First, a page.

Regroup: Rallying broken fighters with a Leadership check within a 6” bubble isn’t the worst ability, especially since it’s free experience, but if you’ve got enough gangers already fleeing that this skill seems worth it you’re probably only buying yourself half a turn’s worth of breathing room before you’re tabled. You probably should have bottled already, dude! Rating: C

The typical Overseer leader. Hella yelly, individually useless.


Ballistics Expert: +2 to hit (instead of +1) with an Aim (Basic) action isn’t worth it. Rating: D

Connected: Here’s a skill that allows a Leader or Champ to make an extra Trade action in addition to what else they would do after a battle. What this means is that a Leader can make two Trade actions at either the Trading Post or Black Market and get a +4 to your dice roll all by himself. Not too shabby. Rating: B

Fixer: If the character with Fixer is alive, your gang will always generate an extra D3x10 credits after every battle whether or not the fighter took part. Credits are king in Necromunda, and getting some for free every battle is very helpful. Rating: B+

Medicae: The medicae kit is better. Avoid. Rating: F

Munitioneer: A 6” bubble for re-rolling ammo checks? Yes please. If you use plasmas and bolters in your gangs, then bringing along a munitioneer is a very smart idea. Rating: B+

Savvy Trader: Better rare items at the Trading Post and a 20 credit discount on any one item every time this character visits the Trading Post. Basically a +1 to your Seek Rare Items roll versus +2 from Connected, but with a discount attached instead. (Note: Currently this skill does not interface with the Black Market, but that’s a pretty simple houserule.) Rating: B+



Fast Shot: There are few situations where being able to shoot twice in a single activation will not be the clear choice, especially if the bearer is lugging around a particularly damaging weapon. Consider giving the bearer a cheaper backup weapon if you have the credits, as twice the shots mean twice the ammo checks. Rating: A+

Gunfighter: The only reason to ever take this skill is if the bearer is armed in a manner that they could conceivably benefit from shooting at two different targets in the same round, or if you’re including this skill on a champion in gang exclusively for skirmish play. Elsewise, you’d be better served spending 6XP on +1 BS to functionally do the same thing, cheaper. Rating: C+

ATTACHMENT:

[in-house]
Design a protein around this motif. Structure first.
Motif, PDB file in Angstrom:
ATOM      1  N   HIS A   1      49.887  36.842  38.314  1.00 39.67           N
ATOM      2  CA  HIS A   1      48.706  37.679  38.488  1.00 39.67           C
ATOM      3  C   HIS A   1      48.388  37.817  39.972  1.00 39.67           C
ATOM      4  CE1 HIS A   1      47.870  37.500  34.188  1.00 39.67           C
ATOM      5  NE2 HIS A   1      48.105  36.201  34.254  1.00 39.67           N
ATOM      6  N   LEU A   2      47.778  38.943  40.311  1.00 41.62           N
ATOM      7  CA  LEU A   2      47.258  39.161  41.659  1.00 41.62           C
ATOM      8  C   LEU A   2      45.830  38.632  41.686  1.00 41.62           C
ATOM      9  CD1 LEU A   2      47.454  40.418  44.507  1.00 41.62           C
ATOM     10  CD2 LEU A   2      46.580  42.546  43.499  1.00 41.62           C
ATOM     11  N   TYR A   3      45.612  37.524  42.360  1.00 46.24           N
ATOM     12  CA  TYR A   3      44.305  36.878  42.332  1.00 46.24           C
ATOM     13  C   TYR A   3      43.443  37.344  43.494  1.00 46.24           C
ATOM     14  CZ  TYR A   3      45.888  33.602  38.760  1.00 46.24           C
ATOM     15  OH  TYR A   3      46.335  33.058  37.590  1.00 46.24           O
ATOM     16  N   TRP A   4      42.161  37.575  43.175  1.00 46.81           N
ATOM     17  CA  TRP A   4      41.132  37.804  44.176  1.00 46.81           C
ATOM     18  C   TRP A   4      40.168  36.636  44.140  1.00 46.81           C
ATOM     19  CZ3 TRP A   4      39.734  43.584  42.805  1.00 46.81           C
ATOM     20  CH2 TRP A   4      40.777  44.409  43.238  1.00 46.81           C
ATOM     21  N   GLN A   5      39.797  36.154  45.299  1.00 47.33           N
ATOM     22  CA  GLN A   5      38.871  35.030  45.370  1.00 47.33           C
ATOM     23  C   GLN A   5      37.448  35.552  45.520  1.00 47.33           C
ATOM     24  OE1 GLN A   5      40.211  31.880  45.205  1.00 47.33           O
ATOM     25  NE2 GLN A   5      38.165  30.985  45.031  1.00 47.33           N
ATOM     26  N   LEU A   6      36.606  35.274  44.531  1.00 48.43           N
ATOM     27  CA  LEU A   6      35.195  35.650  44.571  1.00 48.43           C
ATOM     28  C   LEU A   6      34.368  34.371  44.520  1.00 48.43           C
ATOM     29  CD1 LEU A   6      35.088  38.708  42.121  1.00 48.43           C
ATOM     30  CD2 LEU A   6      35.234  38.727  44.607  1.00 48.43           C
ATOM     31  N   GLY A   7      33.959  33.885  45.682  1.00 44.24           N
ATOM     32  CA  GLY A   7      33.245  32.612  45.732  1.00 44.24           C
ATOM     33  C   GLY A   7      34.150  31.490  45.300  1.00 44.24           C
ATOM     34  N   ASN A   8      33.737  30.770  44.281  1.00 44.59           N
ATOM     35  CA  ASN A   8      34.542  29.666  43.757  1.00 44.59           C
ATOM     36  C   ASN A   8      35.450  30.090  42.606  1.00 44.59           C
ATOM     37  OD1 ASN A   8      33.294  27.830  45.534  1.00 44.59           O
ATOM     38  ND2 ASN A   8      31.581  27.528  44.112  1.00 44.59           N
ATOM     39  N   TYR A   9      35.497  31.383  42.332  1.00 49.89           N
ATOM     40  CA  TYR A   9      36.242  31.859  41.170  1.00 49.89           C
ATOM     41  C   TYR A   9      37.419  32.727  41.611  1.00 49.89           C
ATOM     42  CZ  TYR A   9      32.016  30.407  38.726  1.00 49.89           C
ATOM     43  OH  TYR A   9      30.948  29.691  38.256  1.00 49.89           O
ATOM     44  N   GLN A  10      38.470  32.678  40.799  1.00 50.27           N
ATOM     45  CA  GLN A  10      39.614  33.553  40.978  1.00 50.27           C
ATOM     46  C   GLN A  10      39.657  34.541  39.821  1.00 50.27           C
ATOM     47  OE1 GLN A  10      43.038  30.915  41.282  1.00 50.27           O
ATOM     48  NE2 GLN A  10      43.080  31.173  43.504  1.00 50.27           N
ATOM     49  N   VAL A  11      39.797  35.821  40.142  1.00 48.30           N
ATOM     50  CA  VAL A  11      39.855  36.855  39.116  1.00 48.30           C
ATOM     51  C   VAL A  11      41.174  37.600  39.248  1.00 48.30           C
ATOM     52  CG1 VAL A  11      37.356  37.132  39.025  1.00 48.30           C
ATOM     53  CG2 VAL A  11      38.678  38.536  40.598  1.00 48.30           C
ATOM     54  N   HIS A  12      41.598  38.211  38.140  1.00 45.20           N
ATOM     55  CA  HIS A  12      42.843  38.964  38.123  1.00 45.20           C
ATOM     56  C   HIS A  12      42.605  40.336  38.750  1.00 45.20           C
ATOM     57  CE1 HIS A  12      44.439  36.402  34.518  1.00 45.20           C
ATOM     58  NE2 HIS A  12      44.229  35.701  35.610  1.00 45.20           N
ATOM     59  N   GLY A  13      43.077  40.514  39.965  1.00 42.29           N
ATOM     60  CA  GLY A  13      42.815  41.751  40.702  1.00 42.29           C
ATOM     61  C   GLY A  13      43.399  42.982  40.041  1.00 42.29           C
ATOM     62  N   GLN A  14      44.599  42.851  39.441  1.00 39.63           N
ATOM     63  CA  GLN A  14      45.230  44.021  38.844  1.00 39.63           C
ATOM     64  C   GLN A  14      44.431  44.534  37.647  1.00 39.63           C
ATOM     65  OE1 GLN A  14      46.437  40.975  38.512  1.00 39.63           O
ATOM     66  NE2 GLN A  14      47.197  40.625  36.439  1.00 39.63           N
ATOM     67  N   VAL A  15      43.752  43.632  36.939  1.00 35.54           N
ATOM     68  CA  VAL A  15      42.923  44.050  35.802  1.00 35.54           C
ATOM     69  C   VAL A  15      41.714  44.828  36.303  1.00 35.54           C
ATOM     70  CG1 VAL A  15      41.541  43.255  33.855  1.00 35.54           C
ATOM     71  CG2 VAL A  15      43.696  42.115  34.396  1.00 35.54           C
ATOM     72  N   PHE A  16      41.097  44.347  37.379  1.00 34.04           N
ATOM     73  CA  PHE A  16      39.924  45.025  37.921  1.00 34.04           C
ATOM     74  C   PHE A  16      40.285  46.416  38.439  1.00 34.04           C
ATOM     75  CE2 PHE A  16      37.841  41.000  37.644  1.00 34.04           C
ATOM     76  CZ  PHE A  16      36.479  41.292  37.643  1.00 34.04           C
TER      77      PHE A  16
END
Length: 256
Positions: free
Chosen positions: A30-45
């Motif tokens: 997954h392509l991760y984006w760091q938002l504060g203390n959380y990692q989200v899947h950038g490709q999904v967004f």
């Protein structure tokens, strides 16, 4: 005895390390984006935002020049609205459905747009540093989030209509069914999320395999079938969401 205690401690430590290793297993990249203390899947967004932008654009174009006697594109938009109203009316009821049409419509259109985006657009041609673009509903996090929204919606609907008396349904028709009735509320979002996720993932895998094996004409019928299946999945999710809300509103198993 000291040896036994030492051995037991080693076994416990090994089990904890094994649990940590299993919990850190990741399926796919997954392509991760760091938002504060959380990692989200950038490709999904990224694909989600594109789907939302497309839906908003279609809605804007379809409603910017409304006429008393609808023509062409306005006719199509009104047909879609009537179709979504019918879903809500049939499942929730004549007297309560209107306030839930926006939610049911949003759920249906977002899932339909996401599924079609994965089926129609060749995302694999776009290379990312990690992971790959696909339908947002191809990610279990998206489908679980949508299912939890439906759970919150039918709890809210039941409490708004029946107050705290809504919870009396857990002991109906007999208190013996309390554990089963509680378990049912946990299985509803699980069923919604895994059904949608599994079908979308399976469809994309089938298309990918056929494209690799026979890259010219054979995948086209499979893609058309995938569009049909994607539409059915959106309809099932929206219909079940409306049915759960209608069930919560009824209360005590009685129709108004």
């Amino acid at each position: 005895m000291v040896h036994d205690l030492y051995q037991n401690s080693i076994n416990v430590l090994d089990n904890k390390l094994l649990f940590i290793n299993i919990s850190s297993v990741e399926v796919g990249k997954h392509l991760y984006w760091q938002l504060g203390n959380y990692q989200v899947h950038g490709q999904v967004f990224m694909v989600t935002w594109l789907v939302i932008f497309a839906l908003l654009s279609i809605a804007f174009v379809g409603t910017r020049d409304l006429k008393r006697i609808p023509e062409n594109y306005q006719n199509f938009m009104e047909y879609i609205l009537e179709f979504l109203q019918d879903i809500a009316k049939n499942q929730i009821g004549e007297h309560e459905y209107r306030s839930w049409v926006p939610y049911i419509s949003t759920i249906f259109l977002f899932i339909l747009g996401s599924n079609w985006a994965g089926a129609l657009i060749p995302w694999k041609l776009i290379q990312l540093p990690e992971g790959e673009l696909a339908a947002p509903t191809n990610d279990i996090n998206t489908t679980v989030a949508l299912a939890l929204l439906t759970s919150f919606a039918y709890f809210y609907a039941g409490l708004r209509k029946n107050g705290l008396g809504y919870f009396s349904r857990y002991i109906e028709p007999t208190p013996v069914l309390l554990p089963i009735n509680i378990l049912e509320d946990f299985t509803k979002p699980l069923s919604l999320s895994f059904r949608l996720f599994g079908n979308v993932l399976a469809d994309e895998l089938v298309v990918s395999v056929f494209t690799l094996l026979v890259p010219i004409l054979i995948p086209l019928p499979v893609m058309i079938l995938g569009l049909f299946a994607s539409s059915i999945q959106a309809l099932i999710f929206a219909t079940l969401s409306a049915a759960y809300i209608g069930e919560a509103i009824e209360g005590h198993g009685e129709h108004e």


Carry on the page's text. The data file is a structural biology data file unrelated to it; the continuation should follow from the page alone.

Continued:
Hip Shooting: Basically a free extra move action in exchange for a -1 hit penalty when you fire your weapon, give the bearer a template weapon to negate this penalty and enjoy the gnashing of teeth of your opponent as you effortlessly glide into the perfect flamethrower position every time. Rating: A

Marksman: Bypassing the target priority rule  is handy, but not enough of a plus to make Marksman viable on its own. (Delaque and Van Saar, the current Shooting Primary gangs, have champs at 6+ Cool, so they’ve already got a better than average chance of passing.) The secondary bonus, a one-in-six chance of double damage is great when it hits, but a bit unreliable to depend on regularly. Rating: C+

Precision Shot: Like Marksman, this skill offers another one-in-six chance, this time for the ability to ignore armor saves. Towards the end of campaigns when everybody’s rocking ridiculous armor this could actually come in handy, but isn’t a skill we’d recommend early on or for skirmish play! Rating: B-

Trick Shot: Another skill that mimics a wargear ability, in this case the Infra-sight. Both versions modify the hit penalty against targets in cover by -1, but Trick Shot also applies it to targets that are Engaged. Infra-sights, on the other hand, also allow you to shoot through smoke clouds and in darkness, which is a far more useful bonus. Skip this skill and save up the 40 credits instead. Rating: C


Palanite Drill

Got Your Six: Another flavor of the Overwatch skill, this one is only triggered when a visible enemy declares a charge, rather than when they activate. On the other hand, it does not require nor remove a ready marker, making this a valid side-grade option if you’d be using it to cover a fire-team that expects to be advancing towards the enemy into melee range. Rating: A-